Dr Naureen Mushtaq, an assistant professor in oncology at the University, has secured a Sanofi Espoir Foundation My Child Matters grant which supports initiatives to boost cancer diagnosis and treatment in low-income countries around the world.
The €300,000 grant will see Dr Mushtaq and her team lead efforts to build capacity in paediatric neuro-oncology treatment by setting up multi-disciplinary teams (MDTs) in seven hospitals across Karachi, Lahore and Rawalpindi.
Dr Mushtaq, who returned to Pakistan after finishing her fellowship in neuro-oncology from the Hospital for Sick Kids in Toronto, Canada, in 2014, states that the quality of life of children with brain tumours continues to be very poor. She believes apart from factors such as poverty, malnutrition and lack of education, most importantly it is the absence of a basic framework to deal with paediatric neuro-oncology in Pakistan.
She noted: “If we can develop MDTs in centres having basic infrastructure for neuro-oncology treatment, then we will be able to enhance outcomes for children fighting for good quality of life while fighting childhood cancer.”
Every year, more than 300,000 children are diagnosed with cancer, with those living in low- and middle-income countries being four times likely to die from the disease than their counterparts in high-income countries, according to the World Health Organization. The grant will work towards achieving target 3.4 of the sustainable development goals which seeks to reduce premature mortality from non-communicable diseases like cancer by a third by 2030.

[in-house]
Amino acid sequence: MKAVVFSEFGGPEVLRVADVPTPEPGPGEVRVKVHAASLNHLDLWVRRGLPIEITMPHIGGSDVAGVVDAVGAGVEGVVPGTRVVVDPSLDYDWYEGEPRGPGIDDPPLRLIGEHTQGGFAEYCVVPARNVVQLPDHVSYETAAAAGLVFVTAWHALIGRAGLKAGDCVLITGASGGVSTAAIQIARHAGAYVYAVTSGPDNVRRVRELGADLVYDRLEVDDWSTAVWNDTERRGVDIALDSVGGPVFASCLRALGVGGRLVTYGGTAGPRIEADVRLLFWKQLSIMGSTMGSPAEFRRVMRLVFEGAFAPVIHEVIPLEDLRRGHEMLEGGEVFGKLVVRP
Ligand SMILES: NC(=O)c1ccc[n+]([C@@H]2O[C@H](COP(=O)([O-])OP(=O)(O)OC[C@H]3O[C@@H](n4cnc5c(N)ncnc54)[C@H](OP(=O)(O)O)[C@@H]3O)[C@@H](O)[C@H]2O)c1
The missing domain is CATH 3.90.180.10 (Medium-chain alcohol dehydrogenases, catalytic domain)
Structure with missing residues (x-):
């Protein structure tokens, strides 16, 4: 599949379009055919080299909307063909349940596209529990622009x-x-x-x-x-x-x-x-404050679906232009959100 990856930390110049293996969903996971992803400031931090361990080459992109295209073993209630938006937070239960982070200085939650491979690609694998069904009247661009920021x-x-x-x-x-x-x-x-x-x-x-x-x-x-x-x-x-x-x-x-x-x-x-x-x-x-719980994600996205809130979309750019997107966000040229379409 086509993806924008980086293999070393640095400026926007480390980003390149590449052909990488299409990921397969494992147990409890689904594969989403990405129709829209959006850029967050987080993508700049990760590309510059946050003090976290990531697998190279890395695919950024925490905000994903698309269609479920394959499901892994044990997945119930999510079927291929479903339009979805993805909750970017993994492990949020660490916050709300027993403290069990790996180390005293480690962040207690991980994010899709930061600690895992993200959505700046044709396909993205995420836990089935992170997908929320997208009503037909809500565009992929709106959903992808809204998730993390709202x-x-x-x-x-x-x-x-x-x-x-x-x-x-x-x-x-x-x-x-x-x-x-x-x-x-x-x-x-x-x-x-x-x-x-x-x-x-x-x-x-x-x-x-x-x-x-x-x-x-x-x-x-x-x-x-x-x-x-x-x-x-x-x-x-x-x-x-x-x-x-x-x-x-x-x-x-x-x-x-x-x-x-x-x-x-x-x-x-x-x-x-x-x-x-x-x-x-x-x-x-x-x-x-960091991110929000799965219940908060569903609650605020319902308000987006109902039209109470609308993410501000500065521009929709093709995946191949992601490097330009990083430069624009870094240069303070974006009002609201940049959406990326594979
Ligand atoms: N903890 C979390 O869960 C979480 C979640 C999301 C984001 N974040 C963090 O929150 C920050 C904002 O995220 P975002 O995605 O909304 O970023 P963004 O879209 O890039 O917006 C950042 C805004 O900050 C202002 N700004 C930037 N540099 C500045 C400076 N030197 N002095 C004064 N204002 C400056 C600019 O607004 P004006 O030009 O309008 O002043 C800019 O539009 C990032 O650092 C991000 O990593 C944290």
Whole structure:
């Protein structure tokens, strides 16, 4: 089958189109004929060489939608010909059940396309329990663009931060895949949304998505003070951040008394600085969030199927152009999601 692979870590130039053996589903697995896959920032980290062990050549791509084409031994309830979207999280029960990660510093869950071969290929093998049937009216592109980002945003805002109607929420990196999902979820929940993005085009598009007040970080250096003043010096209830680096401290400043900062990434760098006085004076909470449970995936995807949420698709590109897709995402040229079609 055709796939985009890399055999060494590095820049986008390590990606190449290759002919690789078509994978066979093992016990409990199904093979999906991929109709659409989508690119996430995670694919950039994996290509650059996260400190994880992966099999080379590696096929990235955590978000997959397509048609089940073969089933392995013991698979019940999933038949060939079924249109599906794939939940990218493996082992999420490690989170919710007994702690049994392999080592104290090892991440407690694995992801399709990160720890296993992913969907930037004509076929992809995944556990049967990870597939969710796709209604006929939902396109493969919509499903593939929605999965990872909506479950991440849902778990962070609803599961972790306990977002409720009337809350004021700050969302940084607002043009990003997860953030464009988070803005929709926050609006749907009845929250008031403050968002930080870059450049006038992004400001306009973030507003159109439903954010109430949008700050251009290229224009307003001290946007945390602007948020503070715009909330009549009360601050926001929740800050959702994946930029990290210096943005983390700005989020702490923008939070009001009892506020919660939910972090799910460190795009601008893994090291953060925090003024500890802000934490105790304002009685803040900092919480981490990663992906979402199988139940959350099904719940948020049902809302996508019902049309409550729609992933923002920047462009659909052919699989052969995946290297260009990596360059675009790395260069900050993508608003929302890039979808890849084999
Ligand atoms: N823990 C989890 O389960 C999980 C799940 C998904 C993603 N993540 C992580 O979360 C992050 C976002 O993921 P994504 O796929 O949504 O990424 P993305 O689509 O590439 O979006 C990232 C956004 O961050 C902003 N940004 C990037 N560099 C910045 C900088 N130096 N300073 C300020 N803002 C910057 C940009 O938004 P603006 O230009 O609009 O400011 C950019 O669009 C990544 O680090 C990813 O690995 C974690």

The project will enable a number of Continuing Medical Education workshops as well as two international symposiums held in different cities over the next three years to train paediatric oncologists, neurosurgeons, pathologists and radiologists. The grant will also help establish a paediatric neuro-oncology fellowship as part of the University’s Postgraduate Medical Education (PGME) programme.
Dr Mushtaq and team will set up a twinning programme, supported by the Hospital for Sick Kids, which will establish a tumour board to facilitate knowledge-sharing and the development of improvement management plans for children with brain tumours.
The MDTs from the seven centres will also visit the Hospital for Sick Kids in Toronto, Canada, for observerships.